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12 money tips from holiday 'experts'

Every holiday season, we revisit the prophetic words of Charles Dickens.

No, not the life lessons Ebenezer Scrooge learned from Marley, Tiny Tim and a couple of time-traveling spirits in "A Christmas Carol." Instead, many of us find that the holidays offer the best of times and the worst of times.

But you won't have to struggle with a tale of two (or more) holiday financial disasters if you follow the advice of some celebrated Christmas characters.

We've taken a look at a dozen seasonal classics. Each embodies a valuable money message to make the days merry and bright.

Santa

Ol' St. Nick knows what he's doing. Making a list is crucial at holiday shopping time. Checking it twice is optional, but that's not a bad idea either. If you hit the stores without your Christmas list, you're likely to overspend. Savvy shoppers like Kris Kringle know that using a carefully crafted list saves time and money. By organizing your purchases, you'll eliminate multiple trips to the mall and reduce costly impulse buys.

Irving Berlin

Composer Irving Berlin penned the classic "White Christmas." Regardless of your holiday locale's climate, the song always conjures visions of a perfect blanket of crystalline holiday snow. Or, conversely, cold, icy snow covering your drafty house with its high heating bills. Brrr! Do something about those energy inefficiencies and get a reward from the Internal Revenue Service at the same time. Tax credits for energy improvements end Dec. 31.

Ebenezer Scrooge

After a particularly sleepless night, Scrooge learned to keep Christmas in his heart year-round. Donating to charities is a very good idea -- for your bank account, as well as the nonprofits. Giving USA Foundation recommends a giving strategy that best fits your financial situation. If that means donating in March when you get a raise, the charity will gladly take your gift then. And you won't feel so financially strapped in December when you're spending on other gifts.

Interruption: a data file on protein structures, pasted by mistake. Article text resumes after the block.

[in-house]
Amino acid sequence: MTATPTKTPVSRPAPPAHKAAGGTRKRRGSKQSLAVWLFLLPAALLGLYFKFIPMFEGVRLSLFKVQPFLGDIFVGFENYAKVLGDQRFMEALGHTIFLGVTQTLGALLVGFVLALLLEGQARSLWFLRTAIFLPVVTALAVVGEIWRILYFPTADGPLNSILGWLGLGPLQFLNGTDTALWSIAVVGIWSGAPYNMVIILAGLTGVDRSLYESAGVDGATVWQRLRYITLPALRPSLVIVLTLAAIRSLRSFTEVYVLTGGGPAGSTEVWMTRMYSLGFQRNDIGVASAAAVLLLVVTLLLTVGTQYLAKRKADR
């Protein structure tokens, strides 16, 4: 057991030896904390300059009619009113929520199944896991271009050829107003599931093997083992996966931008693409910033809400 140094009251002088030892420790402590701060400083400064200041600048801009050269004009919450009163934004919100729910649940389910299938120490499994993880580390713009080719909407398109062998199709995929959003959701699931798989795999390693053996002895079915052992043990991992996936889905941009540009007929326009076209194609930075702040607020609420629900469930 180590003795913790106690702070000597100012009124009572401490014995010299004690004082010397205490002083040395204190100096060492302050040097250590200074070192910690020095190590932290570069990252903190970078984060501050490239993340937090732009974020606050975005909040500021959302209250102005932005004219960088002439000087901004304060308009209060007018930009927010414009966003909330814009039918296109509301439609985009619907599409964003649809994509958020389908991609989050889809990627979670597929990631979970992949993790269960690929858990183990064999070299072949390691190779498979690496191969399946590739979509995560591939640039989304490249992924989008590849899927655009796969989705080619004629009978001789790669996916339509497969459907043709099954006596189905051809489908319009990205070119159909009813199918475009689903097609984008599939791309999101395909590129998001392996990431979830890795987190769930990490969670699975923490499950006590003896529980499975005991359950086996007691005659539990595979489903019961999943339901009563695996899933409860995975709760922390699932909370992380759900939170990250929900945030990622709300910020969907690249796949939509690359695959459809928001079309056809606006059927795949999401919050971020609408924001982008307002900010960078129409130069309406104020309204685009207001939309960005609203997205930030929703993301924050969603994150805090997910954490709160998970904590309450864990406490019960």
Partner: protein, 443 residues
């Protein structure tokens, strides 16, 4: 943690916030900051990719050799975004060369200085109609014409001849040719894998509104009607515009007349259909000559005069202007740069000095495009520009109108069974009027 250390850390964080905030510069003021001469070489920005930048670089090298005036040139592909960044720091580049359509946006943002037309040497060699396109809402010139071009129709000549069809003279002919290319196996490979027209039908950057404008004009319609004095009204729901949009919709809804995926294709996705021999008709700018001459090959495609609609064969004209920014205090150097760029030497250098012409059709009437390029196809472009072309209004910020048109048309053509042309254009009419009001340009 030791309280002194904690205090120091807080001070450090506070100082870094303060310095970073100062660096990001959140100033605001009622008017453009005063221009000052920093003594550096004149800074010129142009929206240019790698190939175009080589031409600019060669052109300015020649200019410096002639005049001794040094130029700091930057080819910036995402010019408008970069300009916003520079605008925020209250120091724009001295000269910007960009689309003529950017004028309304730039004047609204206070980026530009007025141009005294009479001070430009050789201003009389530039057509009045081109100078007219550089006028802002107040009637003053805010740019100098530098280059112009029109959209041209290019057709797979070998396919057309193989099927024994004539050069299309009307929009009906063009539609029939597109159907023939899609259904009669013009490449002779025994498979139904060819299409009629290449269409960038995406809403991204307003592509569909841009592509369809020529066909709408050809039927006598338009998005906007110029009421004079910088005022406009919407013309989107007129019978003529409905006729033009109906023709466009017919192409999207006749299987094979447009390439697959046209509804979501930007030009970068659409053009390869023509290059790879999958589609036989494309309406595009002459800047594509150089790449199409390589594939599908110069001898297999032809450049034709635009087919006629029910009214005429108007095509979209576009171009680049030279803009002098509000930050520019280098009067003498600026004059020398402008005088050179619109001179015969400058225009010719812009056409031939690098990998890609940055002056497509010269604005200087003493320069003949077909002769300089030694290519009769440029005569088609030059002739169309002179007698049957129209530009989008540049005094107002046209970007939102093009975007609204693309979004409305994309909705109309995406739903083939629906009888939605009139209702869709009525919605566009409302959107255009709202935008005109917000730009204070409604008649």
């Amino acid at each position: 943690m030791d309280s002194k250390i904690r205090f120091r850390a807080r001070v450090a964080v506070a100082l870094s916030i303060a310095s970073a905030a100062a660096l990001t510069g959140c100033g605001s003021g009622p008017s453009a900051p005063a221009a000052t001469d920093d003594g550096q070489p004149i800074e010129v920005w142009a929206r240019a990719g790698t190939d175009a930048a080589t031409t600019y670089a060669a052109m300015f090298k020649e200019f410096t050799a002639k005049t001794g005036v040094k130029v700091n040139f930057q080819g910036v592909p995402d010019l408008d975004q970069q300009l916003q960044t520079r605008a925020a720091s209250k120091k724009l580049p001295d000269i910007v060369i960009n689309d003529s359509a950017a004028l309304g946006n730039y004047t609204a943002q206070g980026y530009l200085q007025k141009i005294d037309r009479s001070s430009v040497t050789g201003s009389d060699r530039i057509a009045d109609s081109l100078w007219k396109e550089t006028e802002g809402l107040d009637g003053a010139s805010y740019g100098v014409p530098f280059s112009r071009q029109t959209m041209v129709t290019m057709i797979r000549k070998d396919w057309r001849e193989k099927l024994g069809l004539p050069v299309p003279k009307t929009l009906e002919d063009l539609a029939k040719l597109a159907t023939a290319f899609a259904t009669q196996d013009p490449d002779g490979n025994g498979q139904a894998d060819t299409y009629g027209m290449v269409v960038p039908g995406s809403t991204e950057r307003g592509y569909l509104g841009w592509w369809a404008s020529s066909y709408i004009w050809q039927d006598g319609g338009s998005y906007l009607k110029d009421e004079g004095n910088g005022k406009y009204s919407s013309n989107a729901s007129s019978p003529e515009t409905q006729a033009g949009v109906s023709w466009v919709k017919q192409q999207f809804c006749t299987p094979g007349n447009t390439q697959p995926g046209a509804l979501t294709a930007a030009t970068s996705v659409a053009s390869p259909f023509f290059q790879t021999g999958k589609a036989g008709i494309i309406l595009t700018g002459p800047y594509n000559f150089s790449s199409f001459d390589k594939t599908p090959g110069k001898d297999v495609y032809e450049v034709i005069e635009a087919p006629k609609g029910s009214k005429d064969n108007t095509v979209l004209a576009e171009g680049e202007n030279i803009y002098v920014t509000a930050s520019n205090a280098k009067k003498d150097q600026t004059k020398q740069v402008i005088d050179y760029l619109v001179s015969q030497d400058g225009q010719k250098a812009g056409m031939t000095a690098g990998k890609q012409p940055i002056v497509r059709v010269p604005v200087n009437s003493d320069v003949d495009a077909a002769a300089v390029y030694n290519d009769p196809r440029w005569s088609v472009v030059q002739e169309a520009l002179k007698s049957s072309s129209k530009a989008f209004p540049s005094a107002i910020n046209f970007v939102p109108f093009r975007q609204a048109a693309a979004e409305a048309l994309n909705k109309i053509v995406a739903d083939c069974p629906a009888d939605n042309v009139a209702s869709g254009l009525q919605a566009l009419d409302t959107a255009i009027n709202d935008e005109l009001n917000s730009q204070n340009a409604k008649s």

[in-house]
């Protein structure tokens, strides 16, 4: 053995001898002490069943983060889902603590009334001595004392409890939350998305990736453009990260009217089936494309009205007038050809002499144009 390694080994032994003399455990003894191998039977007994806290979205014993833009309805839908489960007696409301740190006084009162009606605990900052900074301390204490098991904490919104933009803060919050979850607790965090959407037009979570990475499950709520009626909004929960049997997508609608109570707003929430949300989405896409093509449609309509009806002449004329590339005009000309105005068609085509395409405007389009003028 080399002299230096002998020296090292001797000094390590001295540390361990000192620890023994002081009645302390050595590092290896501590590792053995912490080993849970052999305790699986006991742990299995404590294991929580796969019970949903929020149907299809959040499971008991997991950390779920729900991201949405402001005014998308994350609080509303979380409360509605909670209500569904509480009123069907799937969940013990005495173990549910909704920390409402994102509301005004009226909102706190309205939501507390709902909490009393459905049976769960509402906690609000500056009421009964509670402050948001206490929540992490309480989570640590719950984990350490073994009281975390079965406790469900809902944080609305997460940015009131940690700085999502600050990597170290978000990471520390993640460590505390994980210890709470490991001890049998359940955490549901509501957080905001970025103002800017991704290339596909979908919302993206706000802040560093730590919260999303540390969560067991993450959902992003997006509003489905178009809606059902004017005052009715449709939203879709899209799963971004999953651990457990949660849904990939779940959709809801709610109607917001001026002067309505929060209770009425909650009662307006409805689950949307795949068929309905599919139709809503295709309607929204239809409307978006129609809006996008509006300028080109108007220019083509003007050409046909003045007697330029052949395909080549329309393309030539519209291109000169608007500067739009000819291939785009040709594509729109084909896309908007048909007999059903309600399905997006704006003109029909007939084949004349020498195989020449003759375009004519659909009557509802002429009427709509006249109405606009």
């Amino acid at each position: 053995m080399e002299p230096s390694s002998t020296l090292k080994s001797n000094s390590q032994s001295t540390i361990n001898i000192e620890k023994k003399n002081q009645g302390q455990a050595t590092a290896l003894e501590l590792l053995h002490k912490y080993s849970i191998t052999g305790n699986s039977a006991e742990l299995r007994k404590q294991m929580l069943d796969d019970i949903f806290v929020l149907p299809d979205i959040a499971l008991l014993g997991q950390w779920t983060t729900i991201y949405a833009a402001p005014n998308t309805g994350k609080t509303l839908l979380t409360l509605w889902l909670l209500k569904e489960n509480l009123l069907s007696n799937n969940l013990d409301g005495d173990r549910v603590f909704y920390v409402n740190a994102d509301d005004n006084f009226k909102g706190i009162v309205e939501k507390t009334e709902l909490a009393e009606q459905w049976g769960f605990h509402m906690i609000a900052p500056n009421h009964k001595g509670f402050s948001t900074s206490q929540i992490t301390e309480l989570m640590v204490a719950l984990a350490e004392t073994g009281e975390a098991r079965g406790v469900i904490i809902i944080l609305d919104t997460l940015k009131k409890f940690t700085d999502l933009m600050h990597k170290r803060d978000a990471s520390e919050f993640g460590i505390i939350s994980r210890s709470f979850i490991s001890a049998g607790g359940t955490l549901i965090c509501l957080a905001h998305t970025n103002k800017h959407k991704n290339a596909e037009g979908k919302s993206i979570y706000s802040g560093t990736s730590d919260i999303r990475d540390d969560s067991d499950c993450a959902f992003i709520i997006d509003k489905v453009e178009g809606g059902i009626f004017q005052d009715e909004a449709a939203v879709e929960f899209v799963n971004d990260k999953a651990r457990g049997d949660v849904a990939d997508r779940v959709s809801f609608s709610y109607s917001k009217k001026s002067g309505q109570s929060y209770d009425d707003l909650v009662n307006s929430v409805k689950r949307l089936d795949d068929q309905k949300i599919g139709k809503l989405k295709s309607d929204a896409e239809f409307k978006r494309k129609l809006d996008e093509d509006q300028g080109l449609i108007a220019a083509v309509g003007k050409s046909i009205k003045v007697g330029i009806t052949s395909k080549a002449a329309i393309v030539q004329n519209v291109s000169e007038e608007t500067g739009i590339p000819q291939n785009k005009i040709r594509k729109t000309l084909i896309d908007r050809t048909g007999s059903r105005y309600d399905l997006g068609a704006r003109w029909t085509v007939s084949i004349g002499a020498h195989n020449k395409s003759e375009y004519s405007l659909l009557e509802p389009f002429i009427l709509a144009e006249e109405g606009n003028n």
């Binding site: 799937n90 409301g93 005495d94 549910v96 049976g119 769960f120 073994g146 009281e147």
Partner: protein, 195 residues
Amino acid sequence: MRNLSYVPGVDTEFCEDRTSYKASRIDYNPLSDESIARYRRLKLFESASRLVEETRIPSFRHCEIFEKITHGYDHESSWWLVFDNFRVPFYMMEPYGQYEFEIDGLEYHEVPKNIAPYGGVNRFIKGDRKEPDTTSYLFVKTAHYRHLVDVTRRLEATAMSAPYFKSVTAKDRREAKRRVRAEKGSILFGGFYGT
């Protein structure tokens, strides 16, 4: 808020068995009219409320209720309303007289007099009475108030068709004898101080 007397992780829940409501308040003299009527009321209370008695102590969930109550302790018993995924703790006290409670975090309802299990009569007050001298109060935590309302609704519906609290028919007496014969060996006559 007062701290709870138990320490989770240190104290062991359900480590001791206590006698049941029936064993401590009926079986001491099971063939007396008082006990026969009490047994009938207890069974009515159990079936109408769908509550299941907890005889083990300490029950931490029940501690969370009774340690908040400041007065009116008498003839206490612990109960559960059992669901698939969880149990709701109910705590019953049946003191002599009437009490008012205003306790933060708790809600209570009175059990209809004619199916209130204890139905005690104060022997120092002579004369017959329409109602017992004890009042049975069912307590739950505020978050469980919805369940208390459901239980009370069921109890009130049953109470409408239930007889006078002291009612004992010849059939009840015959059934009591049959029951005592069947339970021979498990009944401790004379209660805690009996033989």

Snoopy

Snoopy was a key to the gang's quest for a decent tree in "A Charlie Brown Christmas." Pets are a popular holiday gift, but Stephanie Shain of The Washington Humane Society advises against surprise pet presents. "There's a significant personal, emotional and financial cost to caring for a pet," Shain says.

Instead, put a homemade gift certificate for the adoption fee under the tree, then go with the recipient to the shelter to select the new furry family member.

Buddy the elf

In "Elf," Santa sack stowaway Buddy ended up at the North Pole, where he was raised by loving elves. Among the things he learned about elf culture -- other than the four food groups of candy, candy canes, candy corn and syrup -- is his uncanny knack for Christmas decorating. But you don't need to be as over the top as Buddy when it comes to decorating for the holidays -- you can throw a party with elf flair even on a budget.

The Grinch

Simple pleasures count for a lot, especially during the holidays. Just ask the Grinch, who watched in amazement as Christmas in Whoville "came without ribbons! It came without tags! It came without packages, boxes or bags! . . . Maybe Christmas, he thought, doesn't come from a store. Maybe Christmas, perhaps, means a little bit more!" Yes, the changed Grinch, whose formerly small heart grew three sizes that day, can attest that you don't have to spend a lot to have a happy holiday.

Howard Langston

In "Jingle All the Way," Howard Langston spends the holiday season on a frustrating quest for the must-have toy, a Turbo Man action figure. Though ultimately successful, Howard's frantic search wrecks lots of department stores and decorations -- and almost destroys his family's holiday. Don't suffer the same fate.